New supplement targets traveller's thrombosis
the risk of deep vein thrombosis for passengers on long-haul
The formula, containing high doses of the pine bark extract Pycnogenol and standardized ginger extract, was launched in the UK last week and is endorsed by leading vascular surgeon Dr John Scurr, an expert on travel-related deep vein thrombosis (DVT).
Dr Scurr's Zinopin is thought to be one of the first natural products marketed solely to reduce risk of this condition, the threat of which is growing as more and more people travel.
A recently completed study by the Wellington Medical Research Institute, based on 1000 airline passengers, has shown that the risk of deep vein thrombosis to air travellers is far greater than previously thought.
More commonly known as 'Economy Class Syndrome', DVT is a potentially fatal circulatory condition that affects over 2 million Americans a year, 60,000 of whom die, according to figures quoted by the manufacturer of Zinopin, Pynogin.
DVT is caused when a blood clot forms in veins where blood flow is sluggish or has been disturbed, hence the increased risk with immobility caused by long distance travel. The potentially lethal risk with DVT is that a blood clot will break away from its site of formation, and travel to the lung arteries, plugging them and causing a pulmonary embolism.
Technical and marketing director of Pynogin, Mike Lehman, was orginally approached by a major airline to develop a drink that could be handed out to passengers and help reduce the risk of DVT. However after September 11, and concerns that the airline would be liable for the product's effects, Lehman decided to develop a food supplement through a third party. Pynogin was set up specifically to bring the product to market.
"The product is a high strength formulation of both Pycnogenol (100mg) and ginger. We don't know of any other company using these amounts," he told NutraIngredients.com.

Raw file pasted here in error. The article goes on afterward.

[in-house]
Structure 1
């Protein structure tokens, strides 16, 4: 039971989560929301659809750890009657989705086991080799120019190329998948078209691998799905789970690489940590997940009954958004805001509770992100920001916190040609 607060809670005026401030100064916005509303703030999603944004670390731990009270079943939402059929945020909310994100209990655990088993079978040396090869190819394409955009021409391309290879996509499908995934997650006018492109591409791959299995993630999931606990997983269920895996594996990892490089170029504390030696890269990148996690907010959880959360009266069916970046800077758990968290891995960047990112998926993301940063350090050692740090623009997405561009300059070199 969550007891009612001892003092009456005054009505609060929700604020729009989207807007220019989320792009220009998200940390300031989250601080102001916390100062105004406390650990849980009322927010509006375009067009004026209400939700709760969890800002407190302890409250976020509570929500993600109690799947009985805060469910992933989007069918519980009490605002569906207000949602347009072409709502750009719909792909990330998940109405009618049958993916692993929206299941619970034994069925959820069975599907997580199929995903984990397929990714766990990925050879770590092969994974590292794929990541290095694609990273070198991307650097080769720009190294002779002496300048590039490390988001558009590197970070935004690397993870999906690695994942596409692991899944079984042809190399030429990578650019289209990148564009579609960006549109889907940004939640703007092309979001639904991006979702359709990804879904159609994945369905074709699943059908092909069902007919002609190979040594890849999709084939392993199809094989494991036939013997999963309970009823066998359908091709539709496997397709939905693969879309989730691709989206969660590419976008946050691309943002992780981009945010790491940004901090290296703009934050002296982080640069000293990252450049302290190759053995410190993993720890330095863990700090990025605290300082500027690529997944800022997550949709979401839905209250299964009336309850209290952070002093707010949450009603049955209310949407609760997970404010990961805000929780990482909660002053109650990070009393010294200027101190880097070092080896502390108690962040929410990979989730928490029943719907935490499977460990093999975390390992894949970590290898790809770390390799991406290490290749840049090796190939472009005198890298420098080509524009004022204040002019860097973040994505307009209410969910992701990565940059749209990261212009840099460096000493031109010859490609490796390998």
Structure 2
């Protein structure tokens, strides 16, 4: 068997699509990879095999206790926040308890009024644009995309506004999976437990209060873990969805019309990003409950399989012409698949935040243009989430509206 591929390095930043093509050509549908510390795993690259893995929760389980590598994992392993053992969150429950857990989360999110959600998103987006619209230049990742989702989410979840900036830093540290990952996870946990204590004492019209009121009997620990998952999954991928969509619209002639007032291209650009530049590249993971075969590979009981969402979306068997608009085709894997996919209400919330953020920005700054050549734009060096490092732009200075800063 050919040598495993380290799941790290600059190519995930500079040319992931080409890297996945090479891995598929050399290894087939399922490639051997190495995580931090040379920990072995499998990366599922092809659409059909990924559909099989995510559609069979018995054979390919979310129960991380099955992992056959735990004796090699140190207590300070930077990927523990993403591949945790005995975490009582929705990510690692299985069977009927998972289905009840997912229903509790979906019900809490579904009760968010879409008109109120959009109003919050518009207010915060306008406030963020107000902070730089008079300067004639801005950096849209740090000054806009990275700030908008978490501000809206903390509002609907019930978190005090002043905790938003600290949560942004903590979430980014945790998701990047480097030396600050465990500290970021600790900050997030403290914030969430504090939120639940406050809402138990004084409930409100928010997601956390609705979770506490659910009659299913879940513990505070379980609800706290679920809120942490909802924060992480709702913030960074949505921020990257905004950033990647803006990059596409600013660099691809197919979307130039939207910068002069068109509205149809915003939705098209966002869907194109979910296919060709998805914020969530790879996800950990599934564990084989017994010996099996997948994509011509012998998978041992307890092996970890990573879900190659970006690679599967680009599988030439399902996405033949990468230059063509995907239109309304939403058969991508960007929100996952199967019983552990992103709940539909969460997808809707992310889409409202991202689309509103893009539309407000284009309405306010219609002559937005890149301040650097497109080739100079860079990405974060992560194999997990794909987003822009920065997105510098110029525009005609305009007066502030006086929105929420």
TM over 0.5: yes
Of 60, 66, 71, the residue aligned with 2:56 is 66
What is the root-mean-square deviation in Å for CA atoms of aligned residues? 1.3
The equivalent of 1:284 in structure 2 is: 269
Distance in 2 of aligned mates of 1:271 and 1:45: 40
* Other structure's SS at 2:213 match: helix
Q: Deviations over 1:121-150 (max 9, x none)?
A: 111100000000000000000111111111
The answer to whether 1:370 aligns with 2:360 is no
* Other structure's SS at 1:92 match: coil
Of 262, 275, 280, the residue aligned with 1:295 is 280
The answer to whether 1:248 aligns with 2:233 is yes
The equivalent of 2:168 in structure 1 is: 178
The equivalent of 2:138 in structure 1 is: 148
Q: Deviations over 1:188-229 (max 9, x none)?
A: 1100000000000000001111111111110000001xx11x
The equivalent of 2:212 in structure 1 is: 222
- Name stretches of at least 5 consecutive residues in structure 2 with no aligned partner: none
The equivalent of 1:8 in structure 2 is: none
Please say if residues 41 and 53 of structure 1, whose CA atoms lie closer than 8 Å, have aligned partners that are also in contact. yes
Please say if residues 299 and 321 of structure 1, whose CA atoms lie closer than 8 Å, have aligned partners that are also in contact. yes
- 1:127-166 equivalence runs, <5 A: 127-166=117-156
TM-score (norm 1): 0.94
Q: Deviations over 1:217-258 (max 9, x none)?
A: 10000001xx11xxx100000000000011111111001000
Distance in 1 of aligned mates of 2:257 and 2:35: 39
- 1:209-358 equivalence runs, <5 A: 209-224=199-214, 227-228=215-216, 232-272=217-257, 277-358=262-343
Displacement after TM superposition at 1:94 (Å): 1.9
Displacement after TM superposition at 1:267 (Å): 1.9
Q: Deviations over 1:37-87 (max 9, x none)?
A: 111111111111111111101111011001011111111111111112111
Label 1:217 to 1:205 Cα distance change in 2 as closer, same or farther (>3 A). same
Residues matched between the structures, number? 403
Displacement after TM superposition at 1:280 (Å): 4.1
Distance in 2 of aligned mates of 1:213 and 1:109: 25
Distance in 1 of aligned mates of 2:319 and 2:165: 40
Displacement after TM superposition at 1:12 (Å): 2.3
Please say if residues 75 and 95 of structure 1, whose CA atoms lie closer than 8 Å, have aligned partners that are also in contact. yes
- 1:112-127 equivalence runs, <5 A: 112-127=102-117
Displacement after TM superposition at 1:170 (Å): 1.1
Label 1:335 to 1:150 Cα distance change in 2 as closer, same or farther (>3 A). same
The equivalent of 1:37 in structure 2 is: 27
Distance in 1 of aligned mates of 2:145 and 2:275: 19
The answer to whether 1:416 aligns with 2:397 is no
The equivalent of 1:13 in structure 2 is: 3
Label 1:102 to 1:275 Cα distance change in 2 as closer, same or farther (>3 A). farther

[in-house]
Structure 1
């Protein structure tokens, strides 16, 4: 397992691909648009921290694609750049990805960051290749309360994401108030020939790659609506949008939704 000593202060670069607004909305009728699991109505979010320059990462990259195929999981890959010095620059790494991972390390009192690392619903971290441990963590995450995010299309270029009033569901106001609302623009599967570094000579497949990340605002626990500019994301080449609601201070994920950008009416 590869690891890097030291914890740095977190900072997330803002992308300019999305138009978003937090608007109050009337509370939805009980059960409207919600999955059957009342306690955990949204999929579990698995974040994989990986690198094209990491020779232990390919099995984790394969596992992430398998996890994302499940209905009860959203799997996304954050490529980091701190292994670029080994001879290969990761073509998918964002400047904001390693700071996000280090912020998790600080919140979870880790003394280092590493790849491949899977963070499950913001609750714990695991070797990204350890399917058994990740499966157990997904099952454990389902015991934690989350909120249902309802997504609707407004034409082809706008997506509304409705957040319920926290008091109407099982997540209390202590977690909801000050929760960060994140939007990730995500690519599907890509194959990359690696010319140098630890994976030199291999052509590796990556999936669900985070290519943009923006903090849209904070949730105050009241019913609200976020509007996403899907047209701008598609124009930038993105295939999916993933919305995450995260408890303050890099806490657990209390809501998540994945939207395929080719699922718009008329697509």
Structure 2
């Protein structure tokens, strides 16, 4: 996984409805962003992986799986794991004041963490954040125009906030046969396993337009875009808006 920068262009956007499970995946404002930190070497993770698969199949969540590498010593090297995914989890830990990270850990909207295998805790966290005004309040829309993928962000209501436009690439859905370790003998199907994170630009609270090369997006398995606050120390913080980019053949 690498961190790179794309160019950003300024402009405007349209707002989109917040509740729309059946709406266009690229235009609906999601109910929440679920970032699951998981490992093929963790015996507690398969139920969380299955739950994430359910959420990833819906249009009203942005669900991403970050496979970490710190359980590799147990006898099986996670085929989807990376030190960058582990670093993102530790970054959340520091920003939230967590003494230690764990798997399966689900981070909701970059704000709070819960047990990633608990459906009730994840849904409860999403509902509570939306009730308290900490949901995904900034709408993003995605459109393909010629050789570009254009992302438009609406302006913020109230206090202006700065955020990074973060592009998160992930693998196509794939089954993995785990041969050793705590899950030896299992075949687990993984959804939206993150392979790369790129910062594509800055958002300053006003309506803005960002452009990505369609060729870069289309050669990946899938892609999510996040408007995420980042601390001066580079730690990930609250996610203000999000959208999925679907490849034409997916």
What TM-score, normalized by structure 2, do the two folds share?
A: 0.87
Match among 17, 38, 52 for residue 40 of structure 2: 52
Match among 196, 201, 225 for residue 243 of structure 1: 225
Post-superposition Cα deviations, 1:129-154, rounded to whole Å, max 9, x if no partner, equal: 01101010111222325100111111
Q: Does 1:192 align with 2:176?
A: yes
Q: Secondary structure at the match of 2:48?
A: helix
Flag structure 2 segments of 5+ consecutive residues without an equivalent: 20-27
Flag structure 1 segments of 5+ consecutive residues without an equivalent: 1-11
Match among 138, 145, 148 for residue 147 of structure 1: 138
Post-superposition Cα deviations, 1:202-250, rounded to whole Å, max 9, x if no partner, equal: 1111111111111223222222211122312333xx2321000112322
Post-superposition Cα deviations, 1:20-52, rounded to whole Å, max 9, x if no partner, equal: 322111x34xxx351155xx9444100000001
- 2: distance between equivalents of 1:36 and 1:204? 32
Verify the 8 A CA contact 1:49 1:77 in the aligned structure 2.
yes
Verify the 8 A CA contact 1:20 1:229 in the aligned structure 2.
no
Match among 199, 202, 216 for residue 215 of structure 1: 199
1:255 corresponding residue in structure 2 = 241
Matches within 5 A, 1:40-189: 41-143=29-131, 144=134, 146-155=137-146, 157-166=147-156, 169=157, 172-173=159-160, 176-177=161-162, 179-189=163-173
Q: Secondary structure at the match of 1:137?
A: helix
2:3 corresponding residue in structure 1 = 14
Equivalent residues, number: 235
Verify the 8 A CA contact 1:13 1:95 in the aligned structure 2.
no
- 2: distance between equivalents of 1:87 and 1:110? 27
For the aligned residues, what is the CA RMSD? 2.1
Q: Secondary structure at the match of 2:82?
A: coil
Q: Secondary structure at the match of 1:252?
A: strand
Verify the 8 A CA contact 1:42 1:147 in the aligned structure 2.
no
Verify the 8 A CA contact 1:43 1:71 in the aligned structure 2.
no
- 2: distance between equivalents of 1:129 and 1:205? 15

"We also have a unique posology," he said.
The supplement is taken a day before departure, on the day of departure and for two days after arrival. It acts like a 'biochemical compression stocking', according to Lehman.
"There is a lot of synergy between Pycnogenol and ginger. Both have anti-platelet and anti-inflammatory activity, although they act on different areas."
Ginger is also widely used for motion sickness and for morning sickness by pregnant mothers, while numerous studies on Pycnogenol, the brand name for the Maritime pine bark extract marketed by Horphag Research, have associated its procyanidins and bioflavonoids with numerous heart health benefits, including lower LDL cholesterol, a reduction in platelet activity, relaxed artery constriction and improvements in circulation.
The product is currently being tested in a 200-patient pilot clinical trial being carried out by Dr Scurr at University College London. Results so far are 'excellent', according to Lehman.
A review on Zinopin will also be published later this year by Dr Scurr, who is a member of the WHO committee investigating travel-related DVT.
The supplement will be distributed in the Lloyds pharmacy chain in the UK and Pynogin has also seen significant interest from Asia and other parts of Europe.
Pynogin is a sister company to NNP, a manufacturer of the Revolution brand products, sold in Switzerland and other European markets.